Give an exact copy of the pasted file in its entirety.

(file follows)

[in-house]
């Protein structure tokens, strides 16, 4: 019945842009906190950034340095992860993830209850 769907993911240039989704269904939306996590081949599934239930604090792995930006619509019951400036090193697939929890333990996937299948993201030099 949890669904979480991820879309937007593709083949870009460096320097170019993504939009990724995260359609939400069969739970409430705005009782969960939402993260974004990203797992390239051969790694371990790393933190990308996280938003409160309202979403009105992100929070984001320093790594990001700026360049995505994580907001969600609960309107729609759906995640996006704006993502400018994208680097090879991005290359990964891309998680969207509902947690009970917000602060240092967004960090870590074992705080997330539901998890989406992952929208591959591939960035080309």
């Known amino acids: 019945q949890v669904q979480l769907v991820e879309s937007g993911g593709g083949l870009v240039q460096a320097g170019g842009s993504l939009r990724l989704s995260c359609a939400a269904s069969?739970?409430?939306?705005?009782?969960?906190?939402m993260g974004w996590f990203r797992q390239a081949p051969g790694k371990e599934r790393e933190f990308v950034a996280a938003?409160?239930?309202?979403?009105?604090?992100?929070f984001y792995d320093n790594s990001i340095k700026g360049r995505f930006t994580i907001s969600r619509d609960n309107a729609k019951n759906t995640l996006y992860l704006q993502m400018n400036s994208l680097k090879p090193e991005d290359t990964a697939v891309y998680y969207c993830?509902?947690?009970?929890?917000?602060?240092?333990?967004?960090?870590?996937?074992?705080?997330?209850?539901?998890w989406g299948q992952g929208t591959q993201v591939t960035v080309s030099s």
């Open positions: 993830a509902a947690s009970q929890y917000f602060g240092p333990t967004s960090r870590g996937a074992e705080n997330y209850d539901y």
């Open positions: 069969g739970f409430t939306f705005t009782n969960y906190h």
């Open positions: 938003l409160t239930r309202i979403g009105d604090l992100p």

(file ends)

[in-house]
């Protein structure tokens, strides 16, 4: 019945842009906190950034340095992860993830209850 769907993911240039989704269904939306996590081949599934239930604090792995930006619509019951400036090193697939929890333990996937299948993201030099 949890669904979480991820879309937007593709083949870009460096320097170019993504939009990724995260359609939400069969739970409430705005009782969960939402993260974004990203797992390239051969790694371990790393933190990308996280938003409160309202979403009105992100929070984001320093790594990001700026360049995505994580907001969600609960309107729609759906995640996006704006993502400018994208680097090879991005290359990964891309998680969207509902947690009970917000602060240092967004960090870590074992705080997330539901998890989406992952929208591959591939960035080309």
């Known amino acids: 019945q949890v669904q979480l769907v991820e879309s937007g993911g593709g083949l870009v240039q460096a320097g170019g842009s993504l939009r990724l989704s995260c359609a939400a269904s069969?739970?409430?939306?705005?009782?969960?906190?939402m993260g974004w996590f990203r797992q390239a081949p051969g790694k371990e599934r790393e933190f990308v950034a996280a938003?409160?239930?309202?979403?009105?604090?992100?929070f984001y792995d320093n790594s990001i340095k700026g360049r995505f930006t994580i907001s969600r619509d609960n309107a729609k019951n759906t995640l996006y992860l704006q993502m400018n400036s994208l680097k090879p090193e991005d290359t990964a697939v891309y998680y969207c993830?509902?947690?009970?929890?917000?602060?240092?333990?967004?960090?870590?996937?074992?705080?997330?209850?539901?998890w989406g299948q992952g929208t591959q993201v591939t960035v080309s030099s």
């Open positions: 993830a509902a947690s009970q929890y917000f602060g240092p333990t967004s960090r870590g996937a074992e705080n997330y209850d539901y």
């Open positions: 069969g739970f409430t939306f705005t009782n969960y906190h």
């Open positions: 938003l409160t239930r309202i979403g009105d604090l992100p």